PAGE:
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Transcript of NORTHERN ENGLISH
Contact with Brythonic and Old Norse
The Northumbrian dialect was in relatively close contact with the Cumbrian variety of Brythonic, and also with Old Norse in the Danelaw area.
Interviews (clips): interviewees
Ian Atkinson, 43,
Heather Atkinson, 41,
Paul Cook, 61,
Theresa Scott-García, 51, (born in Chile - Grown up in
Matthew Sheldon, 20,
Yi Ding , 22, Beijin (lived four years in
There are several
(vowels and consonants) characteristics of the northern accent.
The majority of those phonological features can be found in
other parts of the world
. That means, they are not actually just characteristics of the northern England accent.
of most of those phonological features is
NORTHERN ENGLAND ACCENT
1.- "The foot-strut split"
2. "Trap-bath split"
lack of trap-bath split
is characteristic of the England northern accent (Wells, 1982).
3. Face and Goat
/eɪ/ and /əʊ/ pronounced in the area of Merseyside (North-East of England) as in RP English. E.g. face /feɪs/ and goat /gəʊt/.
4. Northumbrian burr
In areas such as Tyneside and Northumbria, traditional dialects pronounce the vowel /ɔ:/ in words like
lack of foot-strut split
is a salient marker of northern England pronunciation.(Wells, 1982) By the middle of the 18th century it was already considered a nothern feature.
: The pronunciation of words like "much", "cup", "cut" with a vowel sound /Ʊ/ instead of /ʌ/ as used in RP English could be attributed to their
Middle English pronunciation.
It is a quite
: sugar /sʌgə/ or pudding /pʌdɪŋ/.
Young northern students tend to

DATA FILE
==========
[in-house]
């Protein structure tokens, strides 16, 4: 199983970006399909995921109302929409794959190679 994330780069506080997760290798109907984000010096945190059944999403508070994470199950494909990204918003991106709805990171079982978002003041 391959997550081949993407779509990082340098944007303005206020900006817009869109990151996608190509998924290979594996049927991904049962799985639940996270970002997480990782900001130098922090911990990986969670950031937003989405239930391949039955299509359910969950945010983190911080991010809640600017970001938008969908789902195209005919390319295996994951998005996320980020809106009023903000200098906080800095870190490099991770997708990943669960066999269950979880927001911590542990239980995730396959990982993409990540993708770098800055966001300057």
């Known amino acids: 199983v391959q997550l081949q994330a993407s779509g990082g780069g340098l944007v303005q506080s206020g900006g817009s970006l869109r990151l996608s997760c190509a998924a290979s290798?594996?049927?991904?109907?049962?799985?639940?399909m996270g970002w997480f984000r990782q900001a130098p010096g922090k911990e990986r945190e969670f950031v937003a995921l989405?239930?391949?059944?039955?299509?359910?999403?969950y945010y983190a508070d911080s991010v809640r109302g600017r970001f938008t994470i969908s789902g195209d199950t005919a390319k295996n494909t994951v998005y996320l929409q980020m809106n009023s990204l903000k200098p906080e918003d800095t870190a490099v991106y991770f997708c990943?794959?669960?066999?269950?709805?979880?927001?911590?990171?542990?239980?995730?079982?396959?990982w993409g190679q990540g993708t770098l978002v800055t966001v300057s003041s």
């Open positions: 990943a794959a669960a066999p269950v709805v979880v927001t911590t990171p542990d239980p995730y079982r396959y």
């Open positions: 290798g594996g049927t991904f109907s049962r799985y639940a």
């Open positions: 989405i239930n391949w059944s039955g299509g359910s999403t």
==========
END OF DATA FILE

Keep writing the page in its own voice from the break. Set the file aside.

their pronunciation, with respect to this feature, when they are in contact with southern students because they consider it a quite stigmatized pronunciation.
(Evans and Iverson, 2007).
Northern speakers pronounce words like bath using a
short vowel /ɑ/
as in trap: /bɑɵ/ = /trɑp/. RP English speakers would pronounce the former with a
long vowel /ɑ:/
Before the 17th century, all speakers in England used a short vowel /ɑ/. Around the 17th century, it became fashionable in the South to
the vowel sound to
ɑ:/ in certain contexts. However, northern speakers of England retained that short sound.
In a study of
Evans and Iverson
(2007), they found that this feature is not considered so stigmatized. Therefore, northern students
do not tend to modify
this pronunciation when they are in contact with southern students of England.
Does this occur just in the North of England?
In General American English, a similar short vowel is pronounced /æ/. Probably, the first settlers of America who came from England brought this short vowel which still remain there.
/e:/ and /ɒ:/ pronounced in traditional dialects of North England. E.g. face /fe:s/ and goat /gɒ:t/.
/iə/ and /uə/ in the area of Tyneside. Those centralised diphthongs are typical of the elder working-class males. On the contrary, young speakers don't want to be related to their old-fashioned father but they still want to be recognised as northerns, so they pronounced those words with a monophthongal pronunciation. (Watt and Milroy, 1999)
the diphthongal pronunciation of words like face and goat is attributed to the Great Vowel Shift. However, in some areas of northern England, this Great vowel shift did not occur.
Middle English /ɒ:/ ---------------------> Modern English /əʊ/
Middle English /e:/ ---------------------> Modern English /eɪ/